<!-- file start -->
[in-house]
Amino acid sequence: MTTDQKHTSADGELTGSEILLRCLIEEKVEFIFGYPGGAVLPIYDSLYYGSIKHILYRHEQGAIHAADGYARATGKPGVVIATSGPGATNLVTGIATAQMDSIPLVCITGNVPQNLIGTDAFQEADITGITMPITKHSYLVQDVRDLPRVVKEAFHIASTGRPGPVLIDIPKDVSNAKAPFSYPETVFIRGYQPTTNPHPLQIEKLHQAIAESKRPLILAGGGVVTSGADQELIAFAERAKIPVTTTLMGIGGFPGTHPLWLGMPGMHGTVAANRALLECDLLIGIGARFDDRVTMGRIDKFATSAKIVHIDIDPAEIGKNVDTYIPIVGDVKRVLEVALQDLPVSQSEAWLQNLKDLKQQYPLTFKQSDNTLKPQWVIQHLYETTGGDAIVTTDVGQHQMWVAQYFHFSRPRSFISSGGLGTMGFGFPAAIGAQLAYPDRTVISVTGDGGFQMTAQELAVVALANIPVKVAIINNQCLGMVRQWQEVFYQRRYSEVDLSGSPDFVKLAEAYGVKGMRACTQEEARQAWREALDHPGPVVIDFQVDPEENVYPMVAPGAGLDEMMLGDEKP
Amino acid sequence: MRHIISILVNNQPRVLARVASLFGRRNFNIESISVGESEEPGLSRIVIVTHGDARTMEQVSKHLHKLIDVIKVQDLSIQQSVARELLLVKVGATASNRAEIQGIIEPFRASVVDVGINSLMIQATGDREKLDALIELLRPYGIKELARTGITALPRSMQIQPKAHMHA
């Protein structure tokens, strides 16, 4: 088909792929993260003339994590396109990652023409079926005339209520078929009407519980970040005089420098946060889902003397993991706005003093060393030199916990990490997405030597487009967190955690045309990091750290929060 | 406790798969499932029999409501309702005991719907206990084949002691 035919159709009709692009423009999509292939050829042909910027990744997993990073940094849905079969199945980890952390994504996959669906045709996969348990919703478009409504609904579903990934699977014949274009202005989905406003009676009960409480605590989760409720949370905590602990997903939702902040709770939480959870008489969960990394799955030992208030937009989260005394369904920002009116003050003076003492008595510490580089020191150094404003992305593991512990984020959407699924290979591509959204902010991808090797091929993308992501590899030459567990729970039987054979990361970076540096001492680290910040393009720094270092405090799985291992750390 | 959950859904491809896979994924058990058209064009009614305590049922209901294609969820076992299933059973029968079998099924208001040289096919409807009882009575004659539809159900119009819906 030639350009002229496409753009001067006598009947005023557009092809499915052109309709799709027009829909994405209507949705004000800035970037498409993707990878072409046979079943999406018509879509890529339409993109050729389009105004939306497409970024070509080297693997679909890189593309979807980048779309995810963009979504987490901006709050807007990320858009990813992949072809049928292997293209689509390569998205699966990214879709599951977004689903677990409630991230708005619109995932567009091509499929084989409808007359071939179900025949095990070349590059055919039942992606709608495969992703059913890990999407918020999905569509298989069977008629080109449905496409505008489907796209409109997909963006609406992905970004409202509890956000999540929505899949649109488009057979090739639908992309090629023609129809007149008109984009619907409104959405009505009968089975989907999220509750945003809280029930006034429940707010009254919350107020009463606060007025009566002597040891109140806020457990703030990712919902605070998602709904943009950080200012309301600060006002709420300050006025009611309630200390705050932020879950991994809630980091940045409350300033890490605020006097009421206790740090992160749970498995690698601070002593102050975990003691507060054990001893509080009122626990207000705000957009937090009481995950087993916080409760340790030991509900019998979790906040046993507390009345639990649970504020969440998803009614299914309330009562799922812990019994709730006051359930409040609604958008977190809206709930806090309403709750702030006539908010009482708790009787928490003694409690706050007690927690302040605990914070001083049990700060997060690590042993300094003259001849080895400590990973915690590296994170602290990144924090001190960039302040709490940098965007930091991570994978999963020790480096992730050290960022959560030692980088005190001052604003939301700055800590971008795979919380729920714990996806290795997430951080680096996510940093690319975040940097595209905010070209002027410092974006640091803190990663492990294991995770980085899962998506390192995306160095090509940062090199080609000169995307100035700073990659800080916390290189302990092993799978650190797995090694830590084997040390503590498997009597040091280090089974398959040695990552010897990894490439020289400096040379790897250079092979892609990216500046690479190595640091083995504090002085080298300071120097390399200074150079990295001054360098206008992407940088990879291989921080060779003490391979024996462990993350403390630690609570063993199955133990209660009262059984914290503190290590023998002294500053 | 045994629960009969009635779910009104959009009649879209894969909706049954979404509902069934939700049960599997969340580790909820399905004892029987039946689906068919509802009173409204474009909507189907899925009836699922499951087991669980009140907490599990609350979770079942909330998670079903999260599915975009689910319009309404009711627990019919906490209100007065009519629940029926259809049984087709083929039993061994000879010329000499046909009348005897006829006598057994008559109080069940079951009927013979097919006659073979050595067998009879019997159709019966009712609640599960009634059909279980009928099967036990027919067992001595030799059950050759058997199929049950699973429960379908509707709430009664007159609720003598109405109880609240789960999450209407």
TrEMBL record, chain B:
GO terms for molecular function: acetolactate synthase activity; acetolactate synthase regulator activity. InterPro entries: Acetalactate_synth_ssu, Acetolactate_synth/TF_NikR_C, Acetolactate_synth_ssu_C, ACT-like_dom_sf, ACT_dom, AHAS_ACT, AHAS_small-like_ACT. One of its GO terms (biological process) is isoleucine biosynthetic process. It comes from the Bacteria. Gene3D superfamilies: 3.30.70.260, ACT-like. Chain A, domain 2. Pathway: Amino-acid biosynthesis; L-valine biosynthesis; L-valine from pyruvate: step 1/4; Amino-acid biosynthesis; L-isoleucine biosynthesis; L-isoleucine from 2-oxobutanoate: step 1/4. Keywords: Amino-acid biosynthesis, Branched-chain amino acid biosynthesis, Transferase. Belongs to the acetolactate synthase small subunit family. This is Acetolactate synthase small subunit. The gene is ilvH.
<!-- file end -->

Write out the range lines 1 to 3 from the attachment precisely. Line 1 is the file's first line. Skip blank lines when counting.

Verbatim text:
[in-house]
Amino acid sequence: MTTDQKHTSADGELTGSEILLRCLIEEKVEFIFGYPGGAVLPIYDSLYYGSIKHILYRHEQGAIHAADGYARATGKPGVVIATSGPGATNLVTGIATAQMDSIPLVCITGNVPQNLIGTDAFQEADITGITMPITKHSYLVQDVRDLPRVVKEAFHIASTGRPGPVLIDIPKDVSNAKAPFSYPETVFIRGYQPTTNPHPLQIEKLHQAIAESKRPLILAGGGVVTSGADQELIAFAERAKIPVTTTLMGIGGFPGTHPLWLGMPGMHGTVAANRALLECDLLIGIGARFDDRVTMGRIDKFATSAKIVHIDIDPAEIGKNVDTYIPIVGDVKRVLEVALQDLPVSQSEAWLQNLKDLKQQYPLTFKQSDNTLKPQWVIQHLYETTGGDAIVTTDVGQHQMWVAQYFHFSRPRSFISSGGLGTMGFGFPAAIGAQLAYPDRTVISVTGDGGFQMTAQELAVVALANIPVKVAIINNQCLGMVRQWQEVFYQRRYSEVDLSGSPDFVKLAEAYGVKGMRACTQEEARQAWREALDHPGPVVIDFQVDPEENVYPMVAPGAGLDEMMLGDEKP
Amino acid sequence: MRHIISILVNNQPRVLARVASLFGRRNFNIESISVGESEEPGLSRIVIVTHGDARTMEQVSKHLHKLIDVIKVQDLSIQQSVARELLLVKVGATASNRAEIQGIIEPFRASVVDVGINSLMIQATGDREKLDALIELLRPYGIKELARTGITALPRSMQIQPKAHMHA